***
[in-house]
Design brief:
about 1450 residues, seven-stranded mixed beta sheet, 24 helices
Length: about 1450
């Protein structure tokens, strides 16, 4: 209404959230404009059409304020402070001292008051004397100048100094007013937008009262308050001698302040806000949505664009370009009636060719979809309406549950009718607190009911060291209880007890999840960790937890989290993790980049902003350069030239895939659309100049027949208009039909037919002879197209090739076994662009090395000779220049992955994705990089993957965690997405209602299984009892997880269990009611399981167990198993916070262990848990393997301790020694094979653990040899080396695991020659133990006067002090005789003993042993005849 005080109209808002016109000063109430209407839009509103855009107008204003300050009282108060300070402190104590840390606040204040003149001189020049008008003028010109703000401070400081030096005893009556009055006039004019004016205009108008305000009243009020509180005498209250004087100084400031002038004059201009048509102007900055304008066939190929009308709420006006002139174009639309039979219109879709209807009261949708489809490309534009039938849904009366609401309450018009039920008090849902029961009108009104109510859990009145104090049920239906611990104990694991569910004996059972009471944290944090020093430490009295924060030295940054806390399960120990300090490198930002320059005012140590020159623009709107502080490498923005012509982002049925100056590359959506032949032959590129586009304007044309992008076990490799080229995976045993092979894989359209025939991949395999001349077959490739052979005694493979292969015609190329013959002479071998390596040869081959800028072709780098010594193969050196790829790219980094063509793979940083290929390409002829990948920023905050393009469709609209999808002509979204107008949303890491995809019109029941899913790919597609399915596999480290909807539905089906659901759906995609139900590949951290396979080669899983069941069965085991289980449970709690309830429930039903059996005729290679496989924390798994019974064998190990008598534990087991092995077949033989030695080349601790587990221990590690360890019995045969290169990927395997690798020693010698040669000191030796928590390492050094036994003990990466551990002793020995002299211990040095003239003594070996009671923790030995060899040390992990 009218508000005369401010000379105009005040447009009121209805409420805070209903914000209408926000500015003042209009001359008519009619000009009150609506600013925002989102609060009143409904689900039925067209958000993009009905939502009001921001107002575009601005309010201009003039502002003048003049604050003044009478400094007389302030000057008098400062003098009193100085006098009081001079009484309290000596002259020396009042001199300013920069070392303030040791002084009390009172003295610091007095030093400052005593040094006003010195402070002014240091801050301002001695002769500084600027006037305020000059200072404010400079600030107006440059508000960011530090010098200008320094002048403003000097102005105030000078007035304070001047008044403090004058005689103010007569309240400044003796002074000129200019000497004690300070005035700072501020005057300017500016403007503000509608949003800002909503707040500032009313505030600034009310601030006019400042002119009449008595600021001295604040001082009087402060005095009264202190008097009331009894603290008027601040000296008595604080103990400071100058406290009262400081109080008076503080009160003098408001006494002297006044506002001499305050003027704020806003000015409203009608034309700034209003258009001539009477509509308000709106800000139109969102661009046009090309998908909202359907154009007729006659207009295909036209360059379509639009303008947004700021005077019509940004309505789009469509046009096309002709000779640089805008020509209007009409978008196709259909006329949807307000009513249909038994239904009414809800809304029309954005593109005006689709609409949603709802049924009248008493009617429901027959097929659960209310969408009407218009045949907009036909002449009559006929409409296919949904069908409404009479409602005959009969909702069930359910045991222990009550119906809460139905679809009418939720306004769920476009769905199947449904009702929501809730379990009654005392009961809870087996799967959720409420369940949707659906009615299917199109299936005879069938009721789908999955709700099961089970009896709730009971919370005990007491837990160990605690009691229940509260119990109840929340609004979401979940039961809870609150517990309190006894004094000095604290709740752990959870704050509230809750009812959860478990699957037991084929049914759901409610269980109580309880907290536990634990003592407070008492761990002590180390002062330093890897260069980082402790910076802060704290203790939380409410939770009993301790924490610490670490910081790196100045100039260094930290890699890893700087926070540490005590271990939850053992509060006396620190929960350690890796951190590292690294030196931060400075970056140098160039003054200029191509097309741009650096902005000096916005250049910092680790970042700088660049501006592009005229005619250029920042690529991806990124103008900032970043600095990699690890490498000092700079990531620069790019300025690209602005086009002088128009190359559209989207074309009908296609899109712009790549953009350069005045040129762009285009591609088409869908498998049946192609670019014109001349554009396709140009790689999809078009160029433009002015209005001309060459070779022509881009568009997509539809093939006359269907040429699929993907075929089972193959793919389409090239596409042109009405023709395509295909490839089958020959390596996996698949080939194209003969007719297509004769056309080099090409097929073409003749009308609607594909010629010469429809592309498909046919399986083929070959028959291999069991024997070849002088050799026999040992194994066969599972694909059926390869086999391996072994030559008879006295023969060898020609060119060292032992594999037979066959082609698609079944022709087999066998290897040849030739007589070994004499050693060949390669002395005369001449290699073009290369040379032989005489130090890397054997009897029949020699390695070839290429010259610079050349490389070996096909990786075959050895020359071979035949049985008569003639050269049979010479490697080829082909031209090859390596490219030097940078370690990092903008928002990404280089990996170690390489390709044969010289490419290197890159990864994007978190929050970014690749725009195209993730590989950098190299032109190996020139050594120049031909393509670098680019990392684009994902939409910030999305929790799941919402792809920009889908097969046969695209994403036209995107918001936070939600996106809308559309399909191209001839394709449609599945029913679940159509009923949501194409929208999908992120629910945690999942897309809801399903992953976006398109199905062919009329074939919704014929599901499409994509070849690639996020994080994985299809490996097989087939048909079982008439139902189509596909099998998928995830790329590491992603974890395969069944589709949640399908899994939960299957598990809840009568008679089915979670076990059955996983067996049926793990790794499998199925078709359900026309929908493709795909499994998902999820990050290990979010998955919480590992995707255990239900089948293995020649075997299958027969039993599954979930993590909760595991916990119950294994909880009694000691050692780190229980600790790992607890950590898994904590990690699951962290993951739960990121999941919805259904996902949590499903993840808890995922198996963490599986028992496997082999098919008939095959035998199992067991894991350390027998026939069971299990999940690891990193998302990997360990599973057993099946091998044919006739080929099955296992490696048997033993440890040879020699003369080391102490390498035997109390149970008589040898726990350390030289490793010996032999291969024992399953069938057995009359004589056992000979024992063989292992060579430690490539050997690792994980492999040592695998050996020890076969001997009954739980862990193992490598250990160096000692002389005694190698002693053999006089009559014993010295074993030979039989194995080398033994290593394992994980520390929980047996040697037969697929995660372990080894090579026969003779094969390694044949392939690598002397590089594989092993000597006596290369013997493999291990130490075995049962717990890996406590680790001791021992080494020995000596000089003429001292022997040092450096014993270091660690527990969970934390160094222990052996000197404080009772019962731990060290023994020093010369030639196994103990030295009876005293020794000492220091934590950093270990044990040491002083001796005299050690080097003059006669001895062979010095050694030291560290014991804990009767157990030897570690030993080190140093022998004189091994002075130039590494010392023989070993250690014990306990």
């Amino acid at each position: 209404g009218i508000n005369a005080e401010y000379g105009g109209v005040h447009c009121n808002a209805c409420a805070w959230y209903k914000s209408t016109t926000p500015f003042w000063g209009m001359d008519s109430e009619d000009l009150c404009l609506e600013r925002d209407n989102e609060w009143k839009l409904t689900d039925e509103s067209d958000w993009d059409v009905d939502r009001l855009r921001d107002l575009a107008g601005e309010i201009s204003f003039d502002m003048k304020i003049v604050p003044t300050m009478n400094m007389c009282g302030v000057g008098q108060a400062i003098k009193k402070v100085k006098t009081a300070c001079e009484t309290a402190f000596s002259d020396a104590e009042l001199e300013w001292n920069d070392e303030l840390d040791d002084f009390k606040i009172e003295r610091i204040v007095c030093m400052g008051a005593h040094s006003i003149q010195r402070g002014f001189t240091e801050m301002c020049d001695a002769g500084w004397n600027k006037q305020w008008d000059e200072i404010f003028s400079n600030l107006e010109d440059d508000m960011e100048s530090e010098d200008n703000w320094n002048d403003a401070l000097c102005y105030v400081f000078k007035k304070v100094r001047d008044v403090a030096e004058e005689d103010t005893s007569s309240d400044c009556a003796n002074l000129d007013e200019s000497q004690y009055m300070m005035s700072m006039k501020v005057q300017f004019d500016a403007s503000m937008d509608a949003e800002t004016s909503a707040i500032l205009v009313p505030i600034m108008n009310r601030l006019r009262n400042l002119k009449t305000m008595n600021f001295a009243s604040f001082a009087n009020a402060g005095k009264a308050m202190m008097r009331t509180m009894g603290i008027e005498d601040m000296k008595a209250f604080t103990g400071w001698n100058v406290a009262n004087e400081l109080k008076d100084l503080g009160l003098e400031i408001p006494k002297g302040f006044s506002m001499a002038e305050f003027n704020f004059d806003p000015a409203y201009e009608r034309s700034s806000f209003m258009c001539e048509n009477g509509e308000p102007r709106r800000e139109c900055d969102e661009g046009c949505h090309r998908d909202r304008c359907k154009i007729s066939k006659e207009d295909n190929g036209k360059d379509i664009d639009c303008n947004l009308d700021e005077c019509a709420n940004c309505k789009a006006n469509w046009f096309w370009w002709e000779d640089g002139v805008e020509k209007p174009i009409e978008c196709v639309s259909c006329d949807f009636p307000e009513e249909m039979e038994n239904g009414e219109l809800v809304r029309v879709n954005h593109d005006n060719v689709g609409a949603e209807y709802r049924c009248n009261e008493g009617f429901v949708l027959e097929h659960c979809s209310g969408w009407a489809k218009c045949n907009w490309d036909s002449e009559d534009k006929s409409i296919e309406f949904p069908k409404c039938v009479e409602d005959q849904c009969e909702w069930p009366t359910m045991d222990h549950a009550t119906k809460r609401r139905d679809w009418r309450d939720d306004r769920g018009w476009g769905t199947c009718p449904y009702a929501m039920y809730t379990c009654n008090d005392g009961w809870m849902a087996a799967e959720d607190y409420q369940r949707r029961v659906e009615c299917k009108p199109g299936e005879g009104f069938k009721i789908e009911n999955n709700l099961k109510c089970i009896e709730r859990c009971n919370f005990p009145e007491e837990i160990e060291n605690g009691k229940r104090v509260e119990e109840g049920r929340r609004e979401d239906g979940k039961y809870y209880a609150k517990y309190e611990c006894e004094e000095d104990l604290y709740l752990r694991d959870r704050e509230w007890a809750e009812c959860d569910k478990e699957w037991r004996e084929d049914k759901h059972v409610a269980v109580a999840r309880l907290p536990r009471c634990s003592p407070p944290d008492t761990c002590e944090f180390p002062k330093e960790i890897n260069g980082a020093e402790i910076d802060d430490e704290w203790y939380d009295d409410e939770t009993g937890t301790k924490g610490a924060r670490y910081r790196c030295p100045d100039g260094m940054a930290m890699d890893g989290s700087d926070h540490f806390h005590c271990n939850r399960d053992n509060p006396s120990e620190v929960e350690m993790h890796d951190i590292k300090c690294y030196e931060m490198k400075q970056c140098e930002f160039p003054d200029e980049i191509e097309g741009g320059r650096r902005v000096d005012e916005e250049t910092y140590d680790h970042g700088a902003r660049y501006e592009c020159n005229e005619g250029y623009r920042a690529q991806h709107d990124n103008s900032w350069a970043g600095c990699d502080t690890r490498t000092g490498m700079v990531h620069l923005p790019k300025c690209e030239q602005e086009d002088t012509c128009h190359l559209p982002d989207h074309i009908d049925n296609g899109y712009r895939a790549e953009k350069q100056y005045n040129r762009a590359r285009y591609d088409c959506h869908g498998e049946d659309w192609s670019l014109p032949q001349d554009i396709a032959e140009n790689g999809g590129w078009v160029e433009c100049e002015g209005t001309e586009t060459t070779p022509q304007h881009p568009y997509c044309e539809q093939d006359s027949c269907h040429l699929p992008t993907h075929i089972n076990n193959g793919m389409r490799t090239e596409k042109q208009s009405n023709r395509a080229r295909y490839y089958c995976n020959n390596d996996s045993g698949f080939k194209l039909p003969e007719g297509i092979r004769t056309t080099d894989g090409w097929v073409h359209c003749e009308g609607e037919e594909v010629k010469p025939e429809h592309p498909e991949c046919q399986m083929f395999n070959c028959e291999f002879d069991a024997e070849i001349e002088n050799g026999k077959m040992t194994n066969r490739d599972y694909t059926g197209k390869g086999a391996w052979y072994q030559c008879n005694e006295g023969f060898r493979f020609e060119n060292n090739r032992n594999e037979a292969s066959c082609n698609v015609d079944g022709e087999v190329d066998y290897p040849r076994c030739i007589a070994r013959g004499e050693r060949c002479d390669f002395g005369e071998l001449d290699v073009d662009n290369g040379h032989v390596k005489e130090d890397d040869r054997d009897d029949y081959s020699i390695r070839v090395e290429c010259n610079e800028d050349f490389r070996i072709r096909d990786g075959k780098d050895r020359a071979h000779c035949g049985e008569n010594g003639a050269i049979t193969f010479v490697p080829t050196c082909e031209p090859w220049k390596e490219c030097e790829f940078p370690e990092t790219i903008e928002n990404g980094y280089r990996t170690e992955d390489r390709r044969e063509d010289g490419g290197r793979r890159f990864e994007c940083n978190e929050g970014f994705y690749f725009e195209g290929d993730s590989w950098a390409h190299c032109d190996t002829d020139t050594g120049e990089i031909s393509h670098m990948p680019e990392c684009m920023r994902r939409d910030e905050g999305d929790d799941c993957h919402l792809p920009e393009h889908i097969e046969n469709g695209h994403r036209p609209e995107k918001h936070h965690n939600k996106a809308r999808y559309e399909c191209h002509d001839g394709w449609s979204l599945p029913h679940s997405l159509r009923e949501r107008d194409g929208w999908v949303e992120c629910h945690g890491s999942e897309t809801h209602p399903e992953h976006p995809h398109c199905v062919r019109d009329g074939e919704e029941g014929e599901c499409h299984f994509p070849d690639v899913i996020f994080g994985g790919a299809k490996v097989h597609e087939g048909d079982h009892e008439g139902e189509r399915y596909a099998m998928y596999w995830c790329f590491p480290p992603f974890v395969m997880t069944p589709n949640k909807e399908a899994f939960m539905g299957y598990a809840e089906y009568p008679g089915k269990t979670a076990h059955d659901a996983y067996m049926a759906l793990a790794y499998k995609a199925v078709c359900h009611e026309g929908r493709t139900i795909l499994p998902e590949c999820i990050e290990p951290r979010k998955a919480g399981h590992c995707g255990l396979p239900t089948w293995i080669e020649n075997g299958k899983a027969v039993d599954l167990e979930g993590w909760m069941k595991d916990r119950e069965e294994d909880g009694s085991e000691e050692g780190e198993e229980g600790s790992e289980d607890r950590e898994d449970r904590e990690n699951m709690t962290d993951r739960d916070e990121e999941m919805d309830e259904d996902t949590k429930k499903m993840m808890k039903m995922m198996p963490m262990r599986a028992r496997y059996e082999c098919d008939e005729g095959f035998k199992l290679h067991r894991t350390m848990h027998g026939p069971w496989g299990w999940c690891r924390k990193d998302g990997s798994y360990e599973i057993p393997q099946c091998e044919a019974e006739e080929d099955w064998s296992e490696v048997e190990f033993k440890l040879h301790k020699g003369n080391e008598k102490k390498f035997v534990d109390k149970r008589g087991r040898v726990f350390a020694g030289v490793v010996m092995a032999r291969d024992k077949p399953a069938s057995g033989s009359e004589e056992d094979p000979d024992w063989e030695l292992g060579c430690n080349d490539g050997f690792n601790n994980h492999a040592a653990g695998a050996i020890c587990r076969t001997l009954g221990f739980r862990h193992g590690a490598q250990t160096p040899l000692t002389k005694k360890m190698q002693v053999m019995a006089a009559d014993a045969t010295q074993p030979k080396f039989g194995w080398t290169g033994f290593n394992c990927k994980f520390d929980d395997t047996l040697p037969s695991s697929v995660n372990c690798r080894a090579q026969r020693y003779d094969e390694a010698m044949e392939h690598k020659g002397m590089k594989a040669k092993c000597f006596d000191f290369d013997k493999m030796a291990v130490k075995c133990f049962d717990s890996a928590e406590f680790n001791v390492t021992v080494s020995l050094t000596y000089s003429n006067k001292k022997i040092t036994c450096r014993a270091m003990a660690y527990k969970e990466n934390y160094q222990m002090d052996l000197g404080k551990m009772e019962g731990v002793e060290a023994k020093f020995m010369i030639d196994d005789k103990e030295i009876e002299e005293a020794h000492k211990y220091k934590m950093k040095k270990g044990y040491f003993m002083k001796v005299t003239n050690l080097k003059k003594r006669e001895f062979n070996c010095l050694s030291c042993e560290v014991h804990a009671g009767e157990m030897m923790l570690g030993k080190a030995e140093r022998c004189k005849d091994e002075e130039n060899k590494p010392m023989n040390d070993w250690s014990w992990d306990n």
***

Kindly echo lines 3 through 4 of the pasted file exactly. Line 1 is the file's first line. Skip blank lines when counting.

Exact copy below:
about 1450 residues, seven-stranded mixed beta sheet, 24 helices
Length: about 1450